cheerfully murder each other and (most days) when we appreciate the value of a
fortifying hug.

When we set up Matchbox, we also undertook to build a stratum of young people in
the company who can take over when we founding directors want to go live on the
farm, or on a boat or in a darkened room. We’re very proud of the team of smart,
talented young people who form the spine of the Matchbox development operation.
These people, mostly women as it happens, are our writers and directors and
producers of the future. For the present, they are proving to be wonderfully
proficient, smart interrogators of our work and champions of good ideas well
executed. Every success we have owes a great deal to them. They are simply
wonderful people. The trick is to find the time and the plasma – in a company now
peddling as fast as it can to feed that business plan (I told you, the bane of my life) –
to celebrate and enjoy the achievements and look out for each other when the going
is tough. For the tough days – when you feel certain everything is fallen to dust – are
shite. And the good days (like yesterday when we had a few bits of good news) –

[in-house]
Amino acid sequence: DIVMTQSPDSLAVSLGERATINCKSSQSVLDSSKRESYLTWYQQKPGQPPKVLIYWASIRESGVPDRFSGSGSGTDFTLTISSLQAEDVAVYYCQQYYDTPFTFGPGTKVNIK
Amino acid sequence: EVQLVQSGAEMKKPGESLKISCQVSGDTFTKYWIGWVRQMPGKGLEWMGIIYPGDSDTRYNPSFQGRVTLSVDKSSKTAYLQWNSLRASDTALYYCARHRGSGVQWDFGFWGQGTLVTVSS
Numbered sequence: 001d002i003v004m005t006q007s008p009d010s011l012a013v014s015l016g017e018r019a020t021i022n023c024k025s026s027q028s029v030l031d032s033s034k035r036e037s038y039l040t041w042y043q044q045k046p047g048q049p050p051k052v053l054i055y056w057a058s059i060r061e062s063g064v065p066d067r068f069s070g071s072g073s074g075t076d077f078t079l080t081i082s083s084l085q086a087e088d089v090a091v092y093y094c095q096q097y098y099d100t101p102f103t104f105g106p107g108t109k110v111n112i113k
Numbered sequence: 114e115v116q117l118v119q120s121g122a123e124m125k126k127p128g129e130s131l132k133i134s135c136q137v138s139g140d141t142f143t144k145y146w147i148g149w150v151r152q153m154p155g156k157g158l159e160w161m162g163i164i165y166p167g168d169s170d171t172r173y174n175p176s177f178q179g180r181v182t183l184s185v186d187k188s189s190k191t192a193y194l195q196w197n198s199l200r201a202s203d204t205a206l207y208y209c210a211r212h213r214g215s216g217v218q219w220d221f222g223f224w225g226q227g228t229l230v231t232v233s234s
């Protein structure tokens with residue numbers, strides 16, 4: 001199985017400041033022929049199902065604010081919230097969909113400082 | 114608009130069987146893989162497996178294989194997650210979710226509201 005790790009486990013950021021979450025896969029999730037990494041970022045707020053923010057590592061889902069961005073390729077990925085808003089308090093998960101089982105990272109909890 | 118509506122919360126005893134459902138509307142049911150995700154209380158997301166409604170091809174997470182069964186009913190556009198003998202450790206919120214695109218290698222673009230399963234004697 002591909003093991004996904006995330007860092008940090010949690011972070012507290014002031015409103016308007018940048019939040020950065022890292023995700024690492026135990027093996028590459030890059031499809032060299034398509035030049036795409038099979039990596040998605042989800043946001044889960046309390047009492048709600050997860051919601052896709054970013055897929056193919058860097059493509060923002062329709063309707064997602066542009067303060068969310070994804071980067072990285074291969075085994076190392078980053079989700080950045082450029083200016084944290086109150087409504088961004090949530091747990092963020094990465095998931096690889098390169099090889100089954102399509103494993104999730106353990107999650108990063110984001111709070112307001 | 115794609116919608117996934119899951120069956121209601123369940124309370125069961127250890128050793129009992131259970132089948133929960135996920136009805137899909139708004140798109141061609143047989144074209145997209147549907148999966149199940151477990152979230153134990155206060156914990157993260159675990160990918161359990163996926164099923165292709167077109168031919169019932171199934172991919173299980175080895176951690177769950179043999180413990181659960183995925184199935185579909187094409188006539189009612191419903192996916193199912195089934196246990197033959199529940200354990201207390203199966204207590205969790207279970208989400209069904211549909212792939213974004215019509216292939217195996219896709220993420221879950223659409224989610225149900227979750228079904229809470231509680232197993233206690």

make you dance a little jig. Because, last but by no means least, that was another
pledge we made on day one – we promised each other we’d enjoy the ride.

Mental: bursts out at MIFF as new twist on long career

Mental, written and directed by P.J. Hogan, an produced by Jocelyn Moorhouse with Todd Fellman and Janet and Jerry Zucker, was officially launched on the world as the closing night film of the Melbourne International Film Festival. It was a confronting treat.

As MIFF did its usual multicinema exhibition at important moments, it was a bit hard to work out how the audience felt about Mental, and the party was a noisy event full of tired people so no-one was deep in conversation.

One thing is for sure with Mental. With provisos about the money, the Hogan and Moorhouse team did exactly what they wanted, ably supported by a cast alive with the memory of Muriel`s Wedding, which grew in the same daggy, cartoonish suburbia awash with songs from a low-rent classic.